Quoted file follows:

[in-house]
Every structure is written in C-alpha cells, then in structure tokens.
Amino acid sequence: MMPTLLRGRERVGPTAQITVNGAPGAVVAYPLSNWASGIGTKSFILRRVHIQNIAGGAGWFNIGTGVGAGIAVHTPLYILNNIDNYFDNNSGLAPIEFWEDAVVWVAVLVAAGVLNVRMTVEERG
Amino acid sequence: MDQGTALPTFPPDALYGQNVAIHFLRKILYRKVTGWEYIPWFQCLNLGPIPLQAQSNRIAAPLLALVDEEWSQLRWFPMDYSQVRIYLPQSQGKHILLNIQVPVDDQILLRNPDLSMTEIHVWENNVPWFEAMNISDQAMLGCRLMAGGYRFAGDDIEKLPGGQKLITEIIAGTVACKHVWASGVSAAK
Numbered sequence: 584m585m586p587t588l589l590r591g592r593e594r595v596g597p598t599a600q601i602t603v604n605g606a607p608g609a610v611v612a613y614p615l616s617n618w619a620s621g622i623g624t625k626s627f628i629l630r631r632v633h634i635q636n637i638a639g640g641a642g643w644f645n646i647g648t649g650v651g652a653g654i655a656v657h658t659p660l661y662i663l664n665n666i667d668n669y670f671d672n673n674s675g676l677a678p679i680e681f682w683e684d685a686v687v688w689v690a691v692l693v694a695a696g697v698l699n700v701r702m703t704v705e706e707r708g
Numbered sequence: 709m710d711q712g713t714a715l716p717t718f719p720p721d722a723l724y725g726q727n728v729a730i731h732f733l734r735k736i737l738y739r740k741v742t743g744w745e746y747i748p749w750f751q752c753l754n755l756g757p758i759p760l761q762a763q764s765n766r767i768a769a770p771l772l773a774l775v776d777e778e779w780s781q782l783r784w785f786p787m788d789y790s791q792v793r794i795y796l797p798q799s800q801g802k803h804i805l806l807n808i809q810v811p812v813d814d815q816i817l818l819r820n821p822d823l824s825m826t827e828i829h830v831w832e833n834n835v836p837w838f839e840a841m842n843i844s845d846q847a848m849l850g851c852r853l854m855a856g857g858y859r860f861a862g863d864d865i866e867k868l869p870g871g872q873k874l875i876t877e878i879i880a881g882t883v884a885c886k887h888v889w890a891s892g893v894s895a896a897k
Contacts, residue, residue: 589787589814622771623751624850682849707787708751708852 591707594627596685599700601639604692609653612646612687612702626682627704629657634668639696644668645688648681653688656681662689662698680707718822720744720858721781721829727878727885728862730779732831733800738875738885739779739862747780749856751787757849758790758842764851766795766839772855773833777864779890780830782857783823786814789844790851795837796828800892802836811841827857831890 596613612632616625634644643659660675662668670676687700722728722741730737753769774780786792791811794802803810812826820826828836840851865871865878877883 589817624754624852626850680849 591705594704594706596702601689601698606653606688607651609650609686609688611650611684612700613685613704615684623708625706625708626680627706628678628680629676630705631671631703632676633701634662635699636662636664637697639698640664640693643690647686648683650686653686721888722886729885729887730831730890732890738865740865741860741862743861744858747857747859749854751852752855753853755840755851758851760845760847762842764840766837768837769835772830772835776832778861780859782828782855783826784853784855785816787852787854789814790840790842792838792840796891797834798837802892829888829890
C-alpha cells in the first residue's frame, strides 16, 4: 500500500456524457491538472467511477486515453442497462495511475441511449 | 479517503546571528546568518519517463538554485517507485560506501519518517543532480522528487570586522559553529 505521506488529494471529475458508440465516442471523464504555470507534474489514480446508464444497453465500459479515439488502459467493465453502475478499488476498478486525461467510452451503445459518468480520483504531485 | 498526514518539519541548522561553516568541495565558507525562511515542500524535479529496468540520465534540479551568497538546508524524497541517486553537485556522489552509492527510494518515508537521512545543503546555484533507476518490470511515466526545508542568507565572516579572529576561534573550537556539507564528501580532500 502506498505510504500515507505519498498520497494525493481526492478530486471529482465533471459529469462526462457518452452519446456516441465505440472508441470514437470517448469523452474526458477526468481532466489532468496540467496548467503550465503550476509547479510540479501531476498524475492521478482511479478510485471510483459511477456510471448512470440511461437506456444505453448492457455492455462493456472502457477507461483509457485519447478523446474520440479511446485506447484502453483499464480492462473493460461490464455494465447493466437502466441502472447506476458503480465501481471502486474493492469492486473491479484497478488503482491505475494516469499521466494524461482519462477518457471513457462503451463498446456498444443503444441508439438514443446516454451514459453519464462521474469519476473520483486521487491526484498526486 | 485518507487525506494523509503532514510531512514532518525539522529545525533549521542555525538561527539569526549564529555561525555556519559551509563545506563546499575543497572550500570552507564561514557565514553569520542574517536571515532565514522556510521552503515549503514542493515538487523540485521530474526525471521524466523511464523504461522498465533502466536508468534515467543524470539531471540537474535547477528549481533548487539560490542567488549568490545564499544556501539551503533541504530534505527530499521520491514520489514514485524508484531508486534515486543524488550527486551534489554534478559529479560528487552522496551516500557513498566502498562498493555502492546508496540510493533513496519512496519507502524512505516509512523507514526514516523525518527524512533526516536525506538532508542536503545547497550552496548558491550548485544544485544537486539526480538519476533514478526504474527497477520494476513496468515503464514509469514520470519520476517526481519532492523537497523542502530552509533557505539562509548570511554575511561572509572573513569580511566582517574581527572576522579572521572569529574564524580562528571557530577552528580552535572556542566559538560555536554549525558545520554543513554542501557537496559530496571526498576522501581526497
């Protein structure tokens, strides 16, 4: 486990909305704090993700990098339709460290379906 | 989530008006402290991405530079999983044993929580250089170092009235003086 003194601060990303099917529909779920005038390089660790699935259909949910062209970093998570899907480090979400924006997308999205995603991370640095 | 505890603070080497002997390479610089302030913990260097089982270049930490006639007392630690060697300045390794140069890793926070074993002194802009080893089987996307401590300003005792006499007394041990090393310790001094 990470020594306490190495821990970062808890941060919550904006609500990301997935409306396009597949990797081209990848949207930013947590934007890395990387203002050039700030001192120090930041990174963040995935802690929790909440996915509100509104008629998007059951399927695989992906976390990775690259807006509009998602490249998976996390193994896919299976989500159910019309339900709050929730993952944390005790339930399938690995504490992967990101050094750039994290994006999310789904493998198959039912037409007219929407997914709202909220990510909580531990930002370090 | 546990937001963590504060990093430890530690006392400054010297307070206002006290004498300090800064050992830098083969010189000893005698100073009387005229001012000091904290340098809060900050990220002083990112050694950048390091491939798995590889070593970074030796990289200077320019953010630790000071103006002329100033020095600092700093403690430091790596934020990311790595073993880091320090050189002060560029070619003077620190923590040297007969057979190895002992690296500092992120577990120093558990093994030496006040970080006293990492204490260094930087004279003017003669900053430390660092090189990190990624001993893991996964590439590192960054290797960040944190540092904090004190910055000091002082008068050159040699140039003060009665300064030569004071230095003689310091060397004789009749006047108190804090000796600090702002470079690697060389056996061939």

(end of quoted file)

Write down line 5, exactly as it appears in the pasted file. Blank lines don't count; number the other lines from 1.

Numbered sequence: 584m585m586p587t588l589l590r591g592r593e594r595v596g597p598t599a600q601i602t603v604n605g606a607p608g609a610v611v612a613y614p615l616s617n618w619a620s621g622i623g624t625k626s627f628i629l630r631r632v633h634i635q636n637i638a639g640g641a642g643w644f645n646i647g648t649g650v651g652a653g654i655a656v657h658t659p660l661y662i663l664n665n666i667d668n669y670f671d672n673n674s675g676l677a678p679i680e681f682w683e684d685a686v687v688w689v690a691v692l693v694a695a696g697v698l699n700v701r702m703t704v705e706e707r708g